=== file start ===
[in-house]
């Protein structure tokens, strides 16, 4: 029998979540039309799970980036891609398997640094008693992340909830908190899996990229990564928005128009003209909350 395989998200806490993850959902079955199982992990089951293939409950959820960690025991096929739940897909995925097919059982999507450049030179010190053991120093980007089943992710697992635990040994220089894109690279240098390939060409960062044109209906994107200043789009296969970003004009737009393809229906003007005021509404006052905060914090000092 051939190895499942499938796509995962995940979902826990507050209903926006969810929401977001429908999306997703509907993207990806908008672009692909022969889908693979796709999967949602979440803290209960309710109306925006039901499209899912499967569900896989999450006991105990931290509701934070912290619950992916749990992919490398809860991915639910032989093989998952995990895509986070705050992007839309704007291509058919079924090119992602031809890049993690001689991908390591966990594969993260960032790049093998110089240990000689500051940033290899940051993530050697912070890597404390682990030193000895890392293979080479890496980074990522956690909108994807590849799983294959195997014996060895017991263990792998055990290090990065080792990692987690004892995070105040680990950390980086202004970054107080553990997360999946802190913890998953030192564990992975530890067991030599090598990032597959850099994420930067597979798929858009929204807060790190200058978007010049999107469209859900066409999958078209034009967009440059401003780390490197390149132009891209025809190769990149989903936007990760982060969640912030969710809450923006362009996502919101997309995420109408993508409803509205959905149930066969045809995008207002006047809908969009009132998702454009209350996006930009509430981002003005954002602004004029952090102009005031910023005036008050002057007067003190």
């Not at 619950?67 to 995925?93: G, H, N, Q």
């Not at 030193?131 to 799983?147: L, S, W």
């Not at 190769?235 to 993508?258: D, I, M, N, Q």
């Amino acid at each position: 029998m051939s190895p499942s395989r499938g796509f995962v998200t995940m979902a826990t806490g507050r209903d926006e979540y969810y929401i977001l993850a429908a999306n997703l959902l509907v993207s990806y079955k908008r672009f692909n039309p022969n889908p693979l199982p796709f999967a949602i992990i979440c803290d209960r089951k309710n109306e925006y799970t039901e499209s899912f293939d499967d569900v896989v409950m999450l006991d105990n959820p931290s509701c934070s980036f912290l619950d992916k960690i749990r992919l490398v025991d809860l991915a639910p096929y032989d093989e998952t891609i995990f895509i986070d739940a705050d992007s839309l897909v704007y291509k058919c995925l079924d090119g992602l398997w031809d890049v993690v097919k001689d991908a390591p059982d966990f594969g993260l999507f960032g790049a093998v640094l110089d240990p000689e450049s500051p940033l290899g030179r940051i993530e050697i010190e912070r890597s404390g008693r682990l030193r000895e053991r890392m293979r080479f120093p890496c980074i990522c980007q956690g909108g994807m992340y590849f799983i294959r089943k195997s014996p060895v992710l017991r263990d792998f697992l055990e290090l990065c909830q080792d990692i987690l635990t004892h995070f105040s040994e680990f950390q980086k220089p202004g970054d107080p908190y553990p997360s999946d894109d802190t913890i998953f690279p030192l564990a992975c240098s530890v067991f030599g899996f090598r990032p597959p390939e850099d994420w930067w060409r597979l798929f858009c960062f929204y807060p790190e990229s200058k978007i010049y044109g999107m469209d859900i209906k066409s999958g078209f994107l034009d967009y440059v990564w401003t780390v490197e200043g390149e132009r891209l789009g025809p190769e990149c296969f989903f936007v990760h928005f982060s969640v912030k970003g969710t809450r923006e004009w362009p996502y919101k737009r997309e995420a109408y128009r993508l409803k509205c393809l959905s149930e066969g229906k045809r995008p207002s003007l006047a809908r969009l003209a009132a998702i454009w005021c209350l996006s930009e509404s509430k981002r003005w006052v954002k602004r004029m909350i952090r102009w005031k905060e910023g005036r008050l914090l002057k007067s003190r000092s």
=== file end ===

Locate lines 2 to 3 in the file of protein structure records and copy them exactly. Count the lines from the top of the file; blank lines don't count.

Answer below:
């Protein structure tokens, strides 16, 4: 029998979540039309799970980036891609398997640094008693992340909830908190899996990229990564928005128009003209909350 395989998200806490993850959902079955199982992990089951293939409950959820960690025991096929739940897909995925097919059982999507450049030179010190053991120093980007089943992710697992635990040994220089894109690279240098390939060409960062044109209906994107200043789009296969970003004009737009393809229906003007005021509404006052905060914090000092 051939190895499942499938796509995962995940979902826990507050209903926006969810929401977001429908999306997703509907993207990806908008672009692909022969889908693979796709999967949602979440803290209960309710109306925006039901499209899912499967569900896989999450006991105990931290509701934070912290619950992916749990992919490398809860991915639910032989093989998952995990895509986070705050992007839309704007291509058919079924090119992602031809890049993690001689991908390591966990594969993260960032790049093998110089240990000689500051940033290899940051993530050697912070890597404390682990030193000895890392293979080479890496980074990522956690909108994807590849799983294959195997014996060895017991263990792998055990290090990065080792990692987690004892995070105040680990950390980086202004970054107080553990997360999946802190913890998953030192564990992975530890067991030599090598990032597959850099994420930067597979798929858009929204807060790190200058978007010049999107469209859900066409999958078209034009967009440059401003780390490197390149132009891209025809190769990149989903936007990760982060969640912030969710809450923006362009996502919101997309995420109408993508409803509205959905149930066969045809995008207002006047809908969009009132998702454009209350996006930009509430981002003005954002602004004029952090102009005031910023005036008050002057007067003190």
């Not at 619950?67 to 995925?93: G, H, N, Q």